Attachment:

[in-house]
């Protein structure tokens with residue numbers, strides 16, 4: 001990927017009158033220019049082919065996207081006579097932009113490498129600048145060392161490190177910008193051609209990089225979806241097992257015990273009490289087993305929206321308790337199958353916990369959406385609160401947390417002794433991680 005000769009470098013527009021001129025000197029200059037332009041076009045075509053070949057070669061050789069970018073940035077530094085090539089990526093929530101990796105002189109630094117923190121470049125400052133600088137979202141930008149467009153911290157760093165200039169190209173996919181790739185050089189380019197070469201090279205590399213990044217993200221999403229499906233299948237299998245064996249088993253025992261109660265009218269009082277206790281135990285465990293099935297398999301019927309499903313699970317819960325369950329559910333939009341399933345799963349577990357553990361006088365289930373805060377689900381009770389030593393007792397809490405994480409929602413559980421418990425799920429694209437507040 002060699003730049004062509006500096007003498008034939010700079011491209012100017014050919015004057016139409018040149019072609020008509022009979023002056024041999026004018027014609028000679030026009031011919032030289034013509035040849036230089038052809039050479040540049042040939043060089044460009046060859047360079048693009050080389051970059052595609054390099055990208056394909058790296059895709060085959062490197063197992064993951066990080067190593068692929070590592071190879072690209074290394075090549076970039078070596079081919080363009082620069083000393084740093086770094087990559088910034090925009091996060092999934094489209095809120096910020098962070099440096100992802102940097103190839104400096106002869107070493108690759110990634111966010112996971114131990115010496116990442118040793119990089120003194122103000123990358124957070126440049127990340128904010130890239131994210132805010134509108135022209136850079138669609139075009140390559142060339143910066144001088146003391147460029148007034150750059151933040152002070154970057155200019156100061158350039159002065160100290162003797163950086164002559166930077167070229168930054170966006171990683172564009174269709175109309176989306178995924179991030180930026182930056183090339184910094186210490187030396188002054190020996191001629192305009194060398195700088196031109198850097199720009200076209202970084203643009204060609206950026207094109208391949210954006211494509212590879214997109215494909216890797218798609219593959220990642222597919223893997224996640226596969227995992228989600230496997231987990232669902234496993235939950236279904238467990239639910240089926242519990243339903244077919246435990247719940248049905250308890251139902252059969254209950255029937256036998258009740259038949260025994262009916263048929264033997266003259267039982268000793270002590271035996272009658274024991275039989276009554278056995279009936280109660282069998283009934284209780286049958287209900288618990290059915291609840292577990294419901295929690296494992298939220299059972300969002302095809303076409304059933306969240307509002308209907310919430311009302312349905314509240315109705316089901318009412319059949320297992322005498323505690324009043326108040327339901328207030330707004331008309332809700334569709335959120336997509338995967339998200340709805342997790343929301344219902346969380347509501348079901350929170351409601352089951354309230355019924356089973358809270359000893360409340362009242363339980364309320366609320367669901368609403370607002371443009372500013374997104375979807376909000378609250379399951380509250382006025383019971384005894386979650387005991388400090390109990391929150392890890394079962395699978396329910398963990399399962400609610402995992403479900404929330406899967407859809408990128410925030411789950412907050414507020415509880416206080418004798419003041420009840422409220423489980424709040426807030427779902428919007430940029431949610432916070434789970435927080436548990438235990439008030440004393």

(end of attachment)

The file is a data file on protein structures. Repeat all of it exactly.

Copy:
[in-house]
């Protein structure tokens with residue numbers, strides 16, 4: 001990927017009158033220019049082919065996207081006579097932009113490498129600048145060392161490190177910008193051609209990089225979806241097992257015990273009490289087993305929206321308790337199958353916990369959406385609160401947390417002794433991680 005000769009470098013527009021001129025000197029200059037332009041076009045075509053070949057070669061050789069970018073940035077530094085090539089990526093929530101990796105002189109630094117923190121470049125400052133600088137979202141930008149467009153911290157760093165200039169190209173996919181790739185050089189380019197070469201090279205590399213990044217993200221999403229499906233299948237299998245064996249088993253025992261109660265009218269009082277206790281135990285465990293099935297398999301019927309499903313699970317819960325369950329559910333939009341399933345799963349577990357553990361006088365289930373805060377689900381009770389030593393007792397809490405994480409929602413559980421418990425799920429694209437507040 002060699003730049004062509006500096007003498008034939010700079011491209012100017014050919015004057016139409018040149019072609020008509022009979023002056024041999026004018027014609028000679030026009031011919032030289034013509035040849036230089038052809039050479040540049042040939043060089044460009046060859047360079048693009050080389051970059052595609054390099055990208056394909058790296059895709060085959062490197063197992064993951066990080067190593068692929070590592071190879072690209074290394075090549076970039078070596079081919080363009082620069083000393084740093086770094087990559088910034090925009091996060092999934094489209095809120096910020098962070099440096100992802102940097103190839104400096106002869107070493108690759110990634111966010112996971114131990115010496116990442118040793119990089120003194122103000123990358124957070126440049127990340128904010130890239131994210132805010134509108135022209136850079138669609139075009140390559142060339143910066144001088146003391147460029148007034150750059151933040152002070154970057155200019156100061158350039159002065160100290162003797163950086164002559166930077167070229168930054170966006171990683172564009174269709175109309176989306178995924179991030180930026182930056183090339184910094186210490187030396188002054190020996191001629192305009194060398195700088196031109198850097199720009200076209202970084203643009204060609206950026207094109208391949210954006211494509212590879214997109215494909216890797218798609219593959220990642222597919223893997224996640226596969227995992228989600230496997231987990232669902234496993235939950236279904238467990239639910240089926242519990243339903244077919246435990247719940248049905250308890251139902252059969254209950255029937256036998258009740259038949260025994262009916263048929264033997266003259267039982268000793270002590271035996272009658274024991275039989276009554278056995279009936280109660282069998283009934284209780286049958287209900288618990290059915291609840292577990294419901295929690296494992298939220299059972300969002302095809303076409304059933306969240307509002308209907310919430311009302312349905314509240315109705316089901318009412319059949320297992322005498323505690324009043326108040327339901328207030330707004331008309332809700334569709335959120336997509338995967339998200340709805342997790343929301344219902346969380347509501348079901350929170351409601352089951354309230355019924356089973358809270359000893360409340362009242363339980364309320366609320367669901368609403370607002371443009372500013374997104375979807376909000378609250379399951380509250382006025383019971384005894386979650387005991388400090390109990391929150392890890394079962395699978396329910398963990399399962400609610402995992403479900404929330406899967407859809408990128410925030411789950412907050414507020415509880416206080418004798419003041420009840422409220423489980424709040426807030427779902428919007430940029431949610432916070434789970435927080436548990438235990439008030440004393």